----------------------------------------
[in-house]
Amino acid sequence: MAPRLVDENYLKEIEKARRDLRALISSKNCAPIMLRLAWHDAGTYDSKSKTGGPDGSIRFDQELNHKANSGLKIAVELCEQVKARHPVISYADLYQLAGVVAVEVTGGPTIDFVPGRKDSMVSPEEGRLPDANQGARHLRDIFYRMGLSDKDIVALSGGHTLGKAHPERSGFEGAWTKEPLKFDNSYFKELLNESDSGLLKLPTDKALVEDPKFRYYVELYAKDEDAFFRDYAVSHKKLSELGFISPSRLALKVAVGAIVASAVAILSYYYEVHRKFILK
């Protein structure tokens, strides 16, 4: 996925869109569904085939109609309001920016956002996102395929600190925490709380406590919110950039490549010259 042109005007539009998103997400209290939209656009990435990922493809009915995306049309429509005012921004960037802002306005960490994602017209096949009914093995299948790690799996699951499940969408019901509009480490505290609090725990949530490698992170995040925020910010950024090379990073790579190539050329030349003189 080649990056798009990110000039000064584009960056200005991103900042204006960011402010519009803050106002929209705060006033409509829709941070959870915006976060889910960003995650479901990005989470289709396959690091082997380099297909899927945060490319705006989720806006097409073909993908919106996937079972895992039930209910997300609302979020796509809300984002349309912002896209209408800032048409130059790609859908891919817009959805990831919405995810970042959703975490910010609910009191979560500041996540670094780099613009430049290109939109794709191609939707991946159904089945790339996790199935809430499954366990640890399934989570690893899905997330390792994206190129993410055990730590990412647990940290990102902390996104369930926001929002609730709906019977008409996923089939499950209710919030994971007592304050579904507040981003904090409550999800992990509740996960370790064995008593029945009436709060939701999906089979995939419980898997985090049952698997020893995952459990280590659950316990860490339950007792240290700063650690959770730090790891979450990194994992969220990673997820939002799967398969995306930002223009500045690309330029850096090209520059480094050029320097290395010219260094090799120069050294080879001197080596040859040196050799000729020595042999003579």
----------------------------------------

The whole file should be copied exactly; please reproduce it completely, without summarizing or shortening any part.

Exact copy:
[in-house]
Amino acid sequence: MAPRLVDENYLKEIEKARRDLRALISSKNCAPIMLRLAWHDAGTYDSKSKTGGPDGSIRFDQELNHKANSGLKIAVELCEQVKARHPVISYADLYQLAGVVAVEVTGGPTIDFVPGRKDSMVSPEEGRLPDANQGARHLRDIFYRMGLSDKDIVALSGGHTLGKAHPERSGFEGAWTKEPLKFDNSYFKELLNESDSGLLKLPTDKALVEDPKFRYYVELYAKDEDAFFRDYAVSHKKLSELGFISPSRLALKVAVGAIVASAVAILSYYYEVHRKFILK
């Protein structure tokens, strides 16, 4: 996925869109569904085939109609309001920016956002996102395929600190925490709380406590919110950039490549010259 042109005007539009998103997400209290939209656009990435990922493809009915995306049309429509005012921004960037802002306005960490994602017209096949009914093995299948790690799996699951499940969408019901509009480490505290609090725990949530490698992170995040925020910010950024090379990073790579190539050329030349003189 080649990056798009990110000039000064584009960056200005991103900042204006960011402010519009803050106002929209705060006033409509829709941070959870915006976060889910960003995650479901990005989470289709396959690091082997380099297909899927945060490319705006989720806006097409073909993908919106996937079972895992039930209910997300609302979020796509809300984002349309912002896209209408800032048409130059790609859908891919817009959805990831919405995810970042959703975490910010609910009191979560500041996540670094780099613009430049290109939109794709191609939707991946159904089945790339996790199935809430499954366990640890399934989570690893899905997330390792994206190129993410055990730590990412647990940290990102902390996104369930926001929002609730709906019977008409996923089939499950209710919030994971007592304050579904507040981003904090409550999800992990509740996960370790064995008593029945009436709060939701999906089979995939419980898997985090049952698997020893995952459990280590659950316990860490339950007792240290700063650690959770730090790891979450990194994992969220990673997820939002799967398969995306930002223009500045690309330029850096090209520059480094050029320097290395010219260094090799120069050294080879001197080596040859040196050799000729020595042999003579």